S Vell Paari claimed that the opposition leader had come up with another tale to confuse the Indian community.
“Since [PKR vice-president] N Surendran failed to convince the Indians on the ‘stateless Indians’ issue, now its Chua’s turn…” said the MIC publicity and communication chief.
In a FMT article on Sunday, Chua urged former prime minister Dr Mahathir Mohamad to clear the air over the alleged compensation given by the Japanese government.
The compensation, believed to be amounting to RM207 billion, was meant to be distributed to some 30,000 Malaysians who had been recruited as forced labourers by the Japanese to build the Thai-Burma rail link.
The money was believed to have been transferred by the Japanese government to Malaysia in the 1990s.
Vell Paari, however, found it odd that apart from Pakatan leaders, nobody else was aware of the compensation.
“He (Chua) said the money was given in the 1990s. Then, how come there was not a single media report about this?” asked the MIC central working committee (CWC) member.
Furthermore, he said that it was not a small sum which could be concealed.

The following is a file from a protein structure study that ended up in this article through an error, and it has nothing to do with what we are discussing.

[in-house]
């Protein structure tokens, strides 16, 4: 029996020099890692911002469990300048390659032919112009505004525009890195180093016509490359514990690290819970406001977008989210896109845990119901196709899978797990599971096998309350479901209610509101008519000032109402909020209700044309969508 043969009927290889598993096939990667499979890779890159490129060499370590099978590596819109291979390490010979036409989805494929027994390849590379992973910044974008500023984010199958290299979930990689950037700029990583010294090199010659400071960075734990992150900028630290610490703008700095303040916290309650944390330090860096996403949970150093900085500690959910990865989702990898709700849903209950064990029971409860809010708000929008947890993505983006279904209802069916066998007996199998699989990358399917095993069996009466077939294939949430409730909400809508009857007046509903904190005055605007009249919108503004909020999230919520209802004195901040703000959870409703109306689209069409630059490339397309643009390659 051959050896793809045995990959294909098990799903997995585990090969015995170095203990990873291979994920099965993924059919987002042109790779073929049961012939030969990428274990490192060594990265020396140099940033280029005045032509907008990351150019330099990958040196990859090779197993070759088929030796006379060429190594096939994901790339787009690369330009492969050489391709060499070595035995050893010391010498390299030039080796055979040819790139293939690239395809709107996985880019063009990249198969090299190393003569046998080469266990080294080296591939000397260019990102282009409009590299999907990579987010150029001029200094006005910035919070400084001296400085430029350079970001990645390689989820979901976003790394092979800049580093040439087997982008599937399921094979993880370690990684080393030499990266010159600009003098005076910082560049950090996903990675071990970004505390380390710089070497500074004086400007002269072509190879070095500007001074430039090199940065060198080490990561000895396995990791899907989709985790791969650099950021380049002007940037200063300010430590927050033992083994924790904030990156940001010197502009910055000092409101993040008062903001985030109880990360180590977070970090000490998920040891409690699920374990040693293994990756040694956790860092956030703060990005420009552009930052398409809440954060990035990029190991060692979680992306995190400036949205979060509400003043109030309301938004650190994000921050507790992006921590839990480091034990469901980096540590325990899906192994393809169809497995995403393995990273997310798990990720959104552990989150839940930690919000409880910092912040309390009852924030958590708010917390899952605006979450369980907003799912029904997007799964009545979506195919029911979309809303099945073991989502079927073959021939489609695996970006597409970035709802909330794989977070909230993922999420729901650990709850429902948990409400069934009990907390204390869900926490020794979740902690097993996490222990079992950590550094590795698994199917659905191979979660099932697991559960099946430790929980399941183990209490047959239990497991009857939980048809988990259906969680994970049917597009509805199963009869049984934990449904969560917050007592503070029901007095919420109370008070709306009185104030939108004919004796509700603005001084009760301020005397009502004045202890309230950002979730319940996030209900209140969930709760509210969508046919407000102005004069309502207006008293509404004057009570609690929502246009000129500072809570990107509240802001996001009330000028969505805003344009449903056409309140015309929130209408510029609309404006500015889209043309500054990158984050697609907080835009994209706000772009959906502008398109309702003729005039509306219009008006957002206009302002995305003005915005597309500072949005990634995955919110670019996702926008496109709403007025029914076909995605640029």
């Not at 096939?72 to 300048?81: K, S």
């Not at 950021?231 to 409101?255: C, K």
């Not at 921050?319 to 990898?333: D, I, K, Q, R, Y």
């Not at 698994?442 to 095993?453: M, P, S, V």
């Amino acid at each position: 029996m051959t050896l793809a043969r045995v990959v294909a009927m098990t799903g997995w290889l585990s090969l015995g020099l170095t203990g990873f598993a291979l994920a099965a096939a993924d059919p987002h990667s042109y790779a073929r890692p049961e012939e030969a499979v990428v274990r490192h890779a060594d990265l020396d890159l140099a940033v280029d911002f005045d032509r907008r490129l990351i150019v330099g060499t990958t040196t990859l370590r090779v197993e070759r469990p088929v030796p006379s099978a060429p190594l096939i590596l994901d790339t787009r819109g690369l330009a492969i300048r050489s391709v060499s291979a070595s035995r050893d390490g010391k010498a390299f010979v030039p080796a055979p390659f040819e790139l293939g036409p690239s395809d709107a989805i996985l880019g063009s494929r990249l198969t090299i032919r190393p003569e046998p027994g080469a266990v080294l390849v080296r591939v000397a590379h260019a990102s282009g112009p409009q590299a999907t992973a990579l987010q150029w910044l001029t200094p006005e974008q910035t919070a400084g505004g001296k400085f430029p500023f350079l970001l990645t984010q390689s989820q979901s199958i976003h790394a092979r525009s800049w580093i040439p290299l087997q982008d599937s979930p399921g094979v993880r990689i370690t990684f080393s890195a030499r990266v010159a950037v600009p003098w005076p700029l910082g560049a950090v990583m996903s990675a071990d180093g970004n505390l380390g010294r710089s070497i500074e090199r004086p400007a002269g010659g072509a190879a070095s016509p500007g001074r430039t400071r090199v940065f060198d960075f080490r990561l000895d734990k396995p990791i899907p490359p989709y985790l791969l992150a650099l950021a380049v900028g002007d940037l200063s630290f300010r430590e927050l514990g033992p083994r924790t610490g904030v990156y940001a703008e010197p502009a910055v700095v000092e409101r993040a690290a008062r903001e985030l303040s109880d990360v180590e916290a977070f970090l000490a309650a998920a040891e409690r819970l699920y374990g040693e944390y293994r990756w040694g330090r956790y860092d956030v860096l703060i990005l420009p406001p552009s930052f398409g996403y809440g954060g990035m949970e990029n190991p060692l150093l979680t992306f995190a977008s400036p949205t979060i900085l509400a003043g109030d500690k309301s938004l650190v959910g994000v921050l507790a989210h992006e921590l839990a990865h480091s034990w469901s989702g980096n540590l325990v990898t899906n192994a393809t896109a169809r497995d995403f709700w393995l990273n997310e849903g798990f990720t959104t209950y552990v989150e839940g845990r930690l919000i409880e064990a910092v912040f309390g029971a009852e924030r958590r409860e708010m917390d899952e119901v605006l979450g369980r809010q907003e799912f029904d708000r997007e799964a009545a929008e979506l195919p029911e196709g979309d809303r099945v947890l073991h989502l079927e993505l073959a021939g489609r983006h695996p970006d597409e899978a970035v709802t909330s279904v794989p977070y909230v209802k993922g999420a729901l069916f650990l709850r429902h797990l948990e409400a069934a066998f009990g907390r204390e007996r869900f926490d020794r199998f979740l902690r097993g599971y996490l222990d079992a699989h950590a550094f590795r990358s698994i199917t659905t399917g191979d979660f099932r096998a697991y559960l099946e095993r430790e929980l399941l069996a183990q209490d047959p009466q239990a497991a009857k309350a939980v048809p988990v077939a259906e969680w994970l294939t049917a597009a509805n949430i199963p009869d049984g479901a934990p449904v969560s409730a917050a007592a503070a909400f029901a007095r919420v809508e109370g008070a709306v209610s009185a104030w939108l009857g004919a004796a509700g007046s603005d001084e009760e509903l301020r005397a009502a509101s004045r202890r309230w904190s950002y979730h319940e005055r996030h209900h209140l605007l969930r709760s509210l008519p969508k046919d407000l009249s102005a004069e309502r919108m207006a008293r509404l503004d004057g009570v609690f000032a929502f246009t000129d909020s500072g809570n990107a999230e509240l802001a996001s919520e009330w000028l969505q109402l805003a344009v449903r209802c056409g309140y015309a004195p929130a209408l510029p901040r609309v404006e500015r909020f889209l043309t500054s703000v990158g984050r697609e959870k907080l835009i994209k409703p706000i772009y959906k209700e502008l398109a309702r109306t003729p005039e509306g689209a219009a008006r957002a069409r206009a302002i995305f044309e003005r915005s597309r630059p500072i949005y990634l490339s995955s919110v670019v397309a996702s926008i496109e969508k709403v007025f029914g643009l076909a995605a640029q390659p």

“It is a huge amount. And the Japanese government would not have paid the compensation without the knowledge of international bodies such as the United Nations,” he added.
Vell Paari also challenged Chua to ask his de facto leader Anwar Ibrahim about the compensation since the latter was the deputy prime minister in the 1990s.
“Let’s say, if Chua is talking the truth that the Umno led government ‘hijacked’ the money, then Anwar must have also been a part of it,” he said.
Anwar was deputy prime minister and also finance minister between 1993 and 1998.
Yesterday Anwar had confirmed that RM207 billion Death Railway compensation was sent to the Malaysian government but added that the money did not go through the Treasury. He also called on Mahathir to explain the matter.
The Death Railway also known as the Burma Railway was a 415km track between Thailand, and Burma, built by the Japanese during World War II, to support its forces in the Burma campaign.
About 240,000 labourers including 60,000 prisoners of war were used in its construction. There were about 40,000 to 50,000 Malaysians, mainly Indians, who worked in the project.
It is learnt that more than 30,000 Malaysians died from disease, deprivation and horrendous brutality at the hands of the Japanese army.
Paari also said the MIC will spearhead the matter if its true.